In the embodiment of the invention shown in FIG. 5(a), the small proportion of the first surface 14 at which substrate 7 and film 1' are in contact reduces the probability that impurities will diffuse from a relatively low grade substrate 7 into film 1'. Therefore, in this embodiment, relatively low cost substrate material may be employed without danger that the quality of the large area rectifying junction between films 1' and 3 will be spoiled by the substrate.
As in the modified structure of FIG. 1(a), the structure of FIG. 5(a) can be altered by forming a Schottky barrier rather than a rectifying junction. In that structure, film 3 is a thin metal film that does not block significant amounts of incident light but forms a Schottky barrier with film 1'. In addition, an MIS structure is achieved when film 3 comprises a thin, electrically insulating layer, such as silicon dioxide, silicon nitride, or SiON, and a metal film, thin enough so that a significant amount of incident light is not blocked.
The foregoing discussion has been particularly directed to solar cells employing silicon. However, the invention is not limited to solar cells employing that material. Similar structures can be made employing gallium arsenide, indium phosphide, cadmium sulfide in combination with cadmium telluride, and indium gallium arsenide phosphide in combination with gallium arsenide. As is known in the art, cadmium sulfide/cadmium telluride cells can be formed by screen printing, a process that can be applied here when film 3 is one of these cadmium compounds.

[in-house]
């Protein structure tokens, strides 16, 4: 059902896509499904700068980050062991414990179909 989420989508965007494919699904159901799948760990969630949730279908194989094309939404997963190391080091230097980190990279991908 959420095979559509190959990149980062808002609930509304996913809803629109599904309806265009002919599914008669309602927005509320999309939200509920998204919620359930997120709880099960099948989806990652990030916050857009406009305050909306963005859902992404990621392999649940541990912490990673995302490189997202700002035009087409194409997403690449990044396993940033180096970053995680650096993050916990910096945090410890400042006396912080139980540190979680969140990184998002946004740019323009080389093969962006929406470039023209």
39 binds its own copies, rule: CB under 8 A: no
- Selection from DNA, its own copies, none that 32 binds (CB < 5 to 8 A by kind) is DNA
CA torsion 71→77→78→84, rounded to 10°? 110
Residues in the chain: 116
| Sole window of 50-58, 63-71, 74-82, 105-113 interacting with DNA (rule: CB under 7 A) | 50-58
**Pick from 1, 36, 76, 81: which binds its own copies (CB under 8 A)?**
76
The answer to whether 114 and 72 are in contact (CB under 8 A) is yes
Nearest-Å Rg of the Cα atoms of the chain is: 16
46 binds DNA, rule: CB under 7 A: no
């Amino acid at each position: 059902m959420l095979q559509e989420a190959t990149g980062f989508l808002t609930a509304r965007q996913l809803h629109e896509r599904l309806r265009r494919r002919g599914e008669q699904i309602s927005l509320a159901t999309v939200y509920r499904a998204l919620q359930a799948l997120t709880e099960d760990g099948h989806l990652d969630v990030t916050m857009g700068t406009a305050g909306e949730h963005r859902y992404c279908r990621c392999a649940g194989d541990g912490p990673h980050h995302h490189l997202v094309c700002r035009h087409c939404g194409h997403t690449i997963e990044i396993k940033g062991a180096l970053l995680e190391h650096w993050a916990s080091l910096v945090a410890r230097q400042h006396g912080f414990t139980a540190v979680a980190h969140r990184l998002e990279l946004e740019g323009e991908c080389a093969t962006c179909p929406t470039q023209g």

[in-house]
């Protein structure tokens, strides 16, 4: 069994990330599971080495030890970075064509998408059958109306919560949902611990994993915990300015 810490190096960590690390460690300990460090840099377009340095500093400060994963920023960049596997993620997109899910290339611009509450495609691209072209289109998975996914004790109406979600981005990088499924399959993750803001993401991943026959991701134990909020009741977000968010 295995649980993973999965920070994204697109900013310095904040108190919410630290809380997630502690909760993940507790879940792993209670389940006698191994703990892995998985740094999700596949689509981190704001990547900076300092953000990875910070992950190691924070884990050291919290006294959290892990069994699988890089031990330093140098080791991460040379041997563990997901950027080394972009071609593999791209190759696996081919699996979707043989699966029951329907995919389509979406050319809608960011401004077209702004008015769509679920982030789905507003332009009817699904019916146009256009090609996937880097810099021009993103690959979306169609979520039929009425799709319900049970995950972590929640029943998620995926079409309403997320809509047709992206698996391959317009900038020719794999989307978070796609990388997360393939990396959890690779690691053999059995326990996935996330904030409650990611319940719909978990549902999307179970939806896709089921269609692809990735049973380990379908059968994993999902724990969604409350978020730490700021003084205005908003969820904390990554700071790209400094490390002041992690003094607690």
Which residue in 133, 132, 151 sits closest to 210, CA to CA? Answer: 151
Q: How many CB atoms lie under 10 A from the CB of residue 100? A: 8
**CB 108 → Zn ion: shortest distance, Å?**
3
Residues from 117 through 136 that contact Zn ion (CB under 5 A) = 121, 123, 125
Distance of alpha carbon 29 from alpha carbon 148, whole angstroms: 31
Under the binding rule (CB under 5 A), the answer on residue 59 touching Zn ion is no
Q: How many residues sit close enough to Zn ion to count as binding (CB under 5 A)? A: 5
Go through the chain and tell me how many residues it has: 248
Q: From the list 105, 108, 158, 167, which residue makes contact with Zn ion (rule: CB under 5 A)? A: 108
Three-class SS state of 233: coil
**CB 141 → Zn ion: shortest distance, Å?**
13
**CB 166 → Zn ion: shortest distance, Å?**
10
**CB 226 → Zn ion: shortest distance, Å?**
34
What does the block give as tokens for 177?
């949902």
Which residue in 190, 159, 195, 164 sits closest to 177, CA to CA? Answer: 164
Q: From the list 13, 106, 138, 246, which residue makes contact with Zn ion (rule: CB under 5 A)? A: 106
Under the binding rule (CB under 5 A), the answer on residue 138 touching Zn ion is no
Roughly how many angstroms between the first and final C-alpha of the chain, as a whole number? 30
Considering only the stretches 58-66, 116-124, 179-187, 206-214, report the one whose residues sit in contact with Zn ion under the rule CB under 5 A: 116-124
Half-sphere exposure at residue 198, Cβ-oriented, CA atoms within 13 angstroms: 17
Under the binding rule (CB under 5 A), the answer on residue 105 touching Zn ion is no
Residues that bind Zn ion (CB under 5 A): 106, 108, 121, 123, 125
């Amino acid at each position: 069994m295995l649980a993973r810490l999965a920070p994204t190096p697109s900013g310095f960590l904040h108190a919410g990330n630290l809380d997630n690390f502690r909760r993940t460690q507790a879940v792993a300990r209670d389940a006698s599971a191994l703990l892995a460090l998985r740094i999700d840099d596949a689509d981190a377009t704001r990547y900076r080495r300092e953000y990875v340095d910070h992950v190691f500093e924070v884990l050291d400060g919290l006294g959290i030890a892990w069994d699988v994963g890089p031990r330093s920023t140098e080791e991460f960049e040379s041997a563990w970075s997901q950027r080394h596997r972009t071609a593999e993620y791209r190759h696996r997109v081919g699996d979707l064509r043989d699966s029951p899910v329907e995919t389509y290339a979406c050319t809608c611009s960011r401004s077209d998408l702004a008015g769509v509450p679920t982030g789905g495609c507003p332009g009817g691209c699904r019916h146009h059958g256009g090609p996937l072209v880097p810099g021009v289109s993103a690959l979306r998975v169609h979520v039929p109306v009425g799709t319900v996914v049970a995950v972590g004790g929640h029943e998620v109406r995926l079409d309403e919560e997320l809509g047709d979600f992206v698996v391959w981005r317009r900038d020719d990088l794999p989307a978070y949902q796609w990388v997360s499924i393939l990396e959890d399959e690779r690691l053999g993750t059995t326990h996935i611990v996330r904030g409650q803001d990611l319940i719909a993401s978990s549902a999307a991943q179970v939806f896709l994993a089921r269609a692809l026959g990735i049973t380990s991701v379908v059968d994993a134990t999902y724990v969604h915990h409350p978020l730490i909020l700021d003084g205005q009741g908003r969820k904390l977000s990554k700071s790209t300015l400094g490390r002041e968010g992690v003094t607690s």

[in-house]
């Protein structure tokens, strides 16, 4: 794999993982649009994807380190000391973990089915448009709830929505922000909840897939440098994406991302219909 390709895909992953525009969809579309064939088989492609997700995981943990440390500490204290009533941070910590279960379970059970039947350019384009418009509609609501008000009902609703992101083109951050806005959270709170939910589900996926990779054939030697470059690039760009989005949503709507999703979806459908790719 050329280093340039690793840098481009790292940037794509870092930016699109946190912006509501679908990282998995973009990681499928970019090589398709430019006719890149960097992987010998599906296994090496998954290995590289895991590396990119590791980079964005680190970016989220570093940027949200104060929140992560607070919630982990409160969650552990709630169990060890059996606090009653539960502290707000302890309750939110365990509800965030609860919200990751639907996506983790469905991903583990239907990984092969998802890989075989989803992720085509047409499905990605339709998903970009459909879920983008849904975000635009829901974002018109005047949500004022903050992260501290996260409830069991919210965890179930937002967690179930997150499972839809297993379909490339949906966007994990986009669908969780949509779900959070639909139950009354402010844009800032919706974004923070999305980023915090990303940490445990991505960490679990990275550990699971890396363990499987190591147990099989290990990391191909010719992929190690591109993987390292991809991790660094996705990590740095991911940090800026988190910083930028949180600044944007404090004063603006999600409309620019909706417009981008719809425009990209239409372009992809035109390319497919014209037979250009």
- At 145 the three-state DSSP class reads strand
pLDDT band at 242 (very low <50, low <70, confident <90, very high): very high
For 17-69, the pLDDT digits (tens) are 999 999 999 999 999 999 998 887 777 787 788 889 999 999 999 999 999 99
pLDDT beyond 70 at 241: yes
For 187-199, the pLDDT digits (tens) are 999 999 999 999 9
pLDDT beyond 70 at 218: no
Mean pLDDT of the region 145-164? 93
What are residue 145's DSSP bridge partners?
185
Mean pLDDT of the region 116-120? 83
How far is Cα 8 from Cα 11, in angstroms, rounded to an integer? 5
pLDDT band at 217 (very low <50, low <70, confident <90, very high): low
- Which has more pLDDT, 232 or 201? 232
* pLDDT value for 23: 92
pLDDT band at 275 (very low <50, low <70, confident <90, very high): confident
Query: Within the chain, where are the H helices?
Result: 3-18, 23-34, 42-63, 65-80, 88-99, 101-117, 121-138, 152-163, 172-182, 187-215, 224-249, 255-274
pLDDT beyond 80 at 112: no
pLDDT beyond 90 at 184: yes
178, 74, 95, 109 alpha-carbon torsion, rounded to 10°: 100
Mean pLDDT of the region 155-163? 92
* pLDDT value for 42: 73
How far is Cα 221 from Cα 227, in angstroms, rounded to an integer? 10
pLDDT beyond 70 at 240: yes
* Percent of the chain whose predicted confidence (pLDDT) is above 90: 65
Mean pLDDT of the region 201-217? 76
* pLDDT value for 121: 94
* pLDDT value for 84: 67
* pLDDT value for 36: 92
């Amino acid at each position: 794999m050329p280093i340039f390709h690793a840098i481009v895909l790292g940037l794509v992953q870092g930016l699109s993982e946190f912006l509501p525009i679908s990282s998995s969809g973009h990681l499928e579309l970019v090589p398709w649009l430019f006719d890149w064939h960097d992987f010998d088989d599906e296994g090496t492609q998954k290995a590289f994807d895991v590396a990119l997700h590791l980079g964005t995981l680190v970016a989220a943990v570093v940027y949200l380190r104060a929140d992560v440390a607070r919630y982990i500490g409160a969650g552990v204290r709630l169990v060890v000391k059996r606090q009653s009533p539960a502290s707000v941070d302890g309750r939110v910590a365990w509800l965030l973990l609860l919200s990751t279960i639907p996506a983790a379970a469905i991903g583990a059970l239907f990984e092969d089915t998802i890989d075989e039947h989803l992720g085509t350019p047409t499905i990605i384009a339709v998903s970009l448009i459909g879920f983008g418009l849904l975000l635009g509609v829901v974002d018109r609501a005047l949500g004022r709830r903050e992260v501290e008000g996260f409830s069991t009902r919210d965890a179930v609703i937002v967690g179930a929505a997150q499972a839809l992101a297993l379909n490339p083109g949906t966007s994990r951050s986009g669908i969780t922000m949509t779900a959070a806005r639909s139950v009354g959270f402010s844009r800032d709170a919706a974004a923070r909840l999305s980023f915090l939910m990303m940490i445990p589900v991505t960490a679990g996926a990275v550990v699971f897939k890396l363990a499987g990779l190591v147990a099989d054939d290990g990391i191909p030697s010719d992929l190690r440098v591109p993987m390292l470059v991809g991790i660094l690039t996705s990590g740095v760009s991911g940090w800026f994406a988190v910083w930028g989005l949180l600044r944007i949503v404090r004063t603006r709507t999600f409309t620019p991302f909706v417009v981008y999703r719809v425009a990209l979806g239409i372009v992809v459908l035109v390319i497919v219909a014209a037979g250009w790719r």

Each of the solar cell embodiments described includes one or more rectifying junctions. Where a plurality of rectifying junctions are provided, the junctions are all effectively connected in parallel. The solar cell can be provided with a second, series connected junction in a tandem, i.e., two cell, structure. Examples of embodiments of tandem cell structures are shown in FIGS. 9(a) and 9(b). The structure shown in sectional side view in FIG. 9(a) corresponds to the structure of FIG. 1(a) with an additional cell including films 20 and 21 disposed between film 3 and electrically conducting, transparent anti-reflection film 4. The embodiment shown in FIG. 9(b) corresponds to the structure shown in FIG. 5(a) but with the addition of a second cell including films 20 and 21. As is known in the solar cell art, films 20 and 21 are semiconductor materials having larger energy band gaps than the semiconductor materials forming the other, deeper junction in the cell. Relatively high energy incident light is absorbed in the cell including films 20 and 21 and lower energy light passes through that cell, without being absorbed, to reach the lower cell including films 1 or 1' and 3. The smaller energy band gap material in the deeper cell then absorbs the lower energy light. For example, films 20 and 21 may be amorphous silicon having an energy band gap of about 1.5 eV, which is conveniently formed at low temperatures, if films 3 and 1 or 1' are crystalline silicon with an energy band gap of about 1.1 eV. Conventionally, amorphous silicon films are formed in a glow discharge plasma and may be doped p-type and n-type to form rectifying junctions.